Thirdly, in the new video Sam Truscott speaks of how relations with the local council, tourist board and neighbours have suffered as a result of what was published. I have no reason to doubt this. However, in their version of events, apparently local people were more or less OK with years of rumours, then serious allegations and national scandal around Sogyal hitting and humiliating students, sexually abusing women and embezzling money, and that this was happening on their doorstep with some of their neighbours and fellow parents at the school gate implicated in it all. But, when they heard the word “cult”, that was too much for them and relations went bad. Is there anyone outside Rigpa that buys that idea?
It is a lie upon a lie upon a lie. And these are the lies that are being fed to the remaining students through internal communications.
According to publicly-available testimonies, Sogyal beat people unconscious, made them bleed, compelled women to do sexual acts they found degrading or raped them, and punched nuns. So, Dominique, if you’re still struggling to pinpoint the cause of Lerab Ling’s current problems, I can provide clarification: Sogyal did this. If you don’t accept that, then please call up those journalists you’re so upset with and demand to be allowed an interview where you categorically deny that Sogyal ever harmed anybody. Tell them you are 100% sure that he never abused anyone sexually or physically, that he never committed a rape or misused funds. Actually, why don’t you get Patrick Gaffney and Philip Philippou to join you and make a definitive statement on his innocence that all Rigpa students can get behind?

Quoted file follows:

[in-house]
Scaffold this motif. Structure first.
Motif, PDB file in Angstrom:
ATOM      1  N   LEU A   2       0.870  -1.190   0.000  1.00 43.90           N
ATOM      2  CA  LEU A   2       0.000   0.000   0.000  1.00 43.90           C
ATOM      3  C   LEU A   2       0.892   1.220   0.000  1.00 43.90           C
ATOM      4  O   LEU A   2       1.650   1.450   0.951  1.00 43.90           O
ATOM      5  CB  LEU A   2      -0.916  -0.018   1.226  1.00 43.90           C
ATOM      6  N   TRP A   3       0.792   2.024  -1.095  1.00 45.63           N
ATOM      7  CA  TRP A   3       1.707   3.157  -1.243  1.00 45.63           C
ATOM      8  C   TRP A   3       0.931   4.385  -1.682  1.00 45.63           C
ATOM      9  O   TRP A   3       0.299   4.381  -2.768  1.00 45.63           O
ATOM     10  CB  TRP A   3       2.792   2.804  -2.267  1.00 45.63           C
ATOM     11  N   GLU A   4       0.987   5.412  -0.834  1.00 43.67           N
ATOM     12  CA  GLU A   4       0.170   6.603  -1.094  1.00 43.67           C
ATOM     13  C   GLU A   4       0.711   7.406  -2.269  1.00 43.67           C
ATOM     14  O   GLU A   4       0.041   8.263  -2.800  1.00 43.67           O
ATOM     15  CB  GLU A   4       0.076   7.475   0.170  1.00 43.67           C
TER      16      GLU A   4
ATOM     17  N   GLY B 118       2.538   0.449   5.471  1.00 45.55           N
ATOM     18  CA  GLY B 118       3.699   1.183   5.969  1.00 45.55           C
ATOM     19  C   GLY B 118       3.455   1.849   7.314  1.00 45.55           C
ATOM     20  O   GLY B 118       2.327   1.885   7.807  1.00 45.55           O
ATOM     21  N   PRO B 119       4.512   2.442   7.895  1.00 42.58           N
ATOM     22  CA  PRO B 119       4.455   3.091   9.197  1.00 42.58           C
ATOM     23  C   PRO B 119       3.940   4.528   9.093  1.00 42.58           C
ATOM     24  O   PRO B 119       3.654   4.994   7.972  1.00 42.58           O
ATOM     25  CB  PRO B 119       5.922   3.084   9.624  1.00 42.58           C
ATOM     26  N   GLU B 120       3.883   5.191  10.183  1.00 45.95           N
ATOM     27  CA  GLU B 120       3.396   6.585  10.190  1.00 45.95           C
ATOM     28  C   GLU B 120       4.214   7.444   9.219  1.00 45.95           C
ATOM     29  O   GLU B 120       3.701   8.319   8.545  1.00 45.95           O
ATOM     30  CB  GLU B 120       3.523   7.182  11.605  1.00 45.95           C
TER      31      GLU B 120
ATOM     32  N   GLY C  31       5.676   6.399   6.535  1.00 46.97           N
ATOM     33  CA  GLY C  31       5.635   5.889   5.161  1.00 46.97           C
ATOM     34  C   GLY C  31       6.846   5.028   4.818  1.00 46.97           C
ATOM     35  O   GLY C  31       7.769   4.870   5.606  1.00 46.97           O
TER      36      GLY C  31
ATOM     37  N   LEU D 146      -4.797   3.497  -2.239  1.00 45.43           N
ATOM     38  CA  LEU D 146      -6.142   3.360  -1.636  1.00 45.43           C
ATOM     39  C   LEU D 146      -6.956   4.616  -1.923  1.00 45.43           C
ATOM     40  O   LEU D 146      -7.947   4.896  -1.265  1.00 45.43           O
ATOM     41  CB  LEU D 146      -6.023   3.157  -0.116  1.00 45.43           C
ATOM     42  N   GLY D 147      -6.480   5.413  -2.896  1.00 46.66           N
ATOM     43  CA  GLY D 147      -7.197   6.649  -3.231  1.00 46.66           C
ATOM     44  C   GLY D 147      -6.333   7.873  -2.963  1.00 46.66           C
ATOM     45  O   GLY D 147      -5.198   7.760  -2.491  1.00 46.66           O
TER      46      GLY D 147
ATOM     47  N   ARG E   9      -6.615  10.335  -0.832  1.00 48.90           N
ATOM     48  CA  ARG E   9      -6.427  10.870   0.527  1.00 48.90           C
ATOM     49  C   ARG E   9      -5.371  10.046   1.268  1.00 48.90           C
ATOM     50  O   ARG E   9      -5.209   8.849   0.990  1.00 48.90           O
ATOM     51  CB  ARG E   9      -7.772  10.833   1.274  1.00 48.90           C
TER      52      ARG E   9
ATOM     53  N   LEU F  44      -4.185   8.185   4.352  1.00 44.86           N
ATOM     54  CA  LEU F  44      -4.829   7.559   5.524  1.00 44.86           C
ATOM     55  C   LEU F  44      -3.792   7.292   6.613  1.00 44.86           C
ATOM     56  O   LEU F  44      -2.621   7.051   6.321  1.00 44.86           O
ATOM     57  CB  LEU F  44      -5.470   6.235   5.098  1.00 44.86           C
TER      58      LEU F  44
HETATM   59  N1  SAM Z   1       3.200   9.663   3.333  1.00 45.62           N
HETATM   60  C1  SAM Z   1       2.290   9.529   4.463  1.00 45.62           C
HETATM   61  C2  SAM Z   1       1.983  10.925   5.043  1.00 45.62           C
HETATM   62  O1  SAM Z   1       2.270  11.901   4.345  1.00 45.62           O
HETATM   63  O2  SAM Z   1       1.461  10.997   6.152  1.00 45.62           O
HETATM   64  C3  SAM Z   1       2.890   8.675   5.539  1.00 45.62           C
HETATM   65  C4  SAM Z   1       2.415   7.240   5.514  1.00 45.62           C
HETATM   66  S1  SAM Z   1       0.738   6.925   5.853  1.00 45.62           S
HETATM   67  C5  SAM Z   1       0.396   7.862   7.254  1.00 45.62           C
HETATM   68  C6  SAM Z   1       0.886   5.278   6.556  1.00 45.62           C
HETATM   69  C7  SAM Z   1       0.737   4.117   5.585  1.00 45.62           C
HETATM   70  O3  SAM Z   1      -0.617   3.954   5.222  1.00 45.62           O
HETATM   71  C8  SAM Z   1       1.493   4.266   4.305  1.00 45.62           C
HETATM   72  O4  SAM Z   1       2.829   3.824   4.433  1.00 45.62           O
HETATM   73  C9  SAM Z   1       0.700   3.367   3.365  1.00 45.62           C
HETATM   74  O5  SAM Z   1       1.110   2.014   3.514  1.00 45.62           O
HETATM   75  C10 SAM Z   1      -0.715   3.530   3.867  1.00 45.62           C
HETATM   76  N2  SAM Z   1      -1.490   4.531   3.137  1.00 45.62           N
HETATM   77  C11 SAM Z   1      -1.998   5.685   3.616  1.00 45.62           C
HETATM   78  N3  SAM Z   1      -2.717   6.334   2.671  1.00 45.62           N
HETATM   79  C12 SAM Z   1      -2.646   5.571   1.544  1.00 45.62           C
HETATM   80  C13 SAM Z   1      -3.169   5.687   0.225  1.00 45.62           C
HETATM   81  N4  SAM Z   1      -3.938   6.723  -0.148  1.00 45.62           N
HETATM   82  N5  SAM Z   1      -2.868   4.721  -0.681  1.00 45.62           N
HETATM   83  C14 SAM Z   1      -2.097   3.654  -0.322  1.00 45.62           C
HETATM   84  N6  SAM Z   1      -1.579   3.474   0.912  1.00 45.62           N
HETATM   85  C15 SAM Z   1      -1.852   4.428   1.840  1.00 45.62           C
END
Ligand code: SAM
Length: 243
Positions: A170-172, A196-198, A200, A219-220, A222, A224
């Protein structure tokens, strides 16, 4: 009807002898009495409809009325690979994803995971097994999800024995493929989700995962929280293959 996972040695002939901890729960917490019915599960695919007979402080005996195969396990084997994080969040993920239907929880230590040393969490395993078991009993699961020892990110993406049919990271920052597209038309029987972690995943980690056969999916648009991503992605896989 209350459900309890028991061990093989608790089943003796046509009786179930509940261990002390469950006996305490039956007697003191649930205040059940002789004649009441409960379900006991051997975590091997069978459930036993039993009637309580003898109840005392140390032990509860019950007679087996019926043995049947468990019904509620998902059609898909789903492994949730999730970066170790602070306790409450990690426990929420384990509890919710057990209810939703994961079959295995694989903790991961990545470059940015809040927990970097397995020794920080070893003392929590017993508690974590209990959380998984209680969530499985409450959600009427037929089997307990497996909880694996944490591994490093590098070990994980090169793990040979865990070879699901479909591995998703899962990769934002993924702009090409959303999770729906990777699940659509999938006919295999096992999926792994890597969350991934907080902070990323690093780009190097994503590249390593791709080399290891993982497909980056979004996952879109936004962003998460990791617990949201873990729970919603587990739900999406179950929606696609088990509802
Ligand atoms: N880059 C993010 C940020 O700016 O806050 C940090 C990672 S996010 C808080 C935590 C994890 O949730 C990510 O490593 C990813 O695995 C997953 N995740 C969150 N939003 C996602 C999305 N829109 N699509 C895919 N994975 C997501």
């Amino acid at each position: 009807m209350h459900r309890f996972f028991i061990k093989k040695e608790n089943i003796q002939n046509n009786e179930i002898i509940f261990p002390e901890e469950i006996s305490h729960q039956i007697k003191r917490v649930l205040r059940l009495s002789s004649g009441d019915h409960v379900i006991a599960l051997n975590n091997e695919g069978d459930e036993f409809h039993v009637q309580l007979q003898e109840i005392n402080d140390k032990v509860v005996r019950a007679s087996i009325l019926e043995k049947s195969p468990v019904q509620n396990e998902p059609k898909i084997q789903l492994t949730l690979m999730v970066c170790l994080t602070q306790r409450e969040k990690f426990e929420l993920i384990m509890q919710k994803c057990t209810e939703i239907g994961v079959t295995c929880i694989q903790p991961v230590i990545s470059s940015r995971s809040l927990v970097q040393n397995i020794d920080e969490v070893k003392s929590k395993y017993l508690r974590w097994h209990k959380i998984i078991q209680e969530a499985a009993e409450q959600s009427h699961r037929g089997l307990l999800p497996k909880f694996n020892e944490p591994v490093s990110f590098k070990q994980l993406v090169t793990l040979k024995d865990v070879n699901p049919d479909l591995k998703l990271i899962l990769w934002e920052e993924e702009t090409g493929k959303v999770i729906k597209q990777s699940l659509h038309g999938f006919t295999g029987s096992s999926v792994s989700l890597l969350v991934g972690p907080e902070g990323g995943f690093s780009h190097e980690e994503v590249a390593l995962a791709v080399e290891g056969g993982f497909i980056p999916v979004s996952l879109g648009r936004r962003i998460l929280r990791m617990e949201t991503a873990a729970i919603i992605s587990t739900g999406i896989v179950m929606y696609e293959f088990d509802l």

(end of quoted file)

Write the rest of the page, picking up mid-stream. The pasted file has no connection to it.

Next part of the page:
In fact, why don’t you mount a media campaign about it?


Thanks for your articles, Jo.
I think it’s really important that people become aware of how Rigpa international leadership is manipulating (or attempting to manipulate) their perception, particularly with the results of the independent investigation coming out soon. We can be sure that whatever that report finds, Rigpa will find a way to spin it to their advantage. It is not a time for students to be niave and trusting of those who have known about the abuse for decades and have already had much practice at covering up the truth. Will they ever come clean? The deeper they dig themselves into lies, the harder it will be for them to do so.


Private discussion on this and other related topics can be had on our  What Now Facebook Group. It is only for current and previous students of Rigpa, however, and we do moderate it closely. If you’re interested in joining, please contact us via the contact page and ask for an invite.
People from other sanghas can join the  Beyond the Temple Facebook Group . It’s a support group for anyone who has left their Buddhist sangha after hearing revelations of abuse by their teacher or after experiencing such abuse. It’s for people who see ethical behaviour, love, compassion and introspection as the core of their spiritual path. The focus is not on the abuses, but on ourselves and our spiritual life as we recover from our experience of spiritual abuse and look to the future. Click here and request to join.
The What Now? Reference Material page has links to a wealth of articles in the topics related to abuse in Buddhist communities. For links to places to assist in healing from abuse see the sangha care resources page.
Those of you who are interested in ‘keeping Buddhism clean’ could ‘Like’ the Dharma Protectors Facebook page, which posts links to related articles as they come to hand.
 
 

LIES, DAMNED LIES & LERAB LING – part 1

Today we have a guest post by Jo Green in which he takes a look at the latest video update from Lerab ling and unpacks the language used by Lerab Ling’s ‘Superior’ . (Ugh. I can’t write that word without rolling my eyes!) If you think Rigpa students aren’t being manipulated by the leaders of their organisation, you really should read this.
VIDEO NASTIES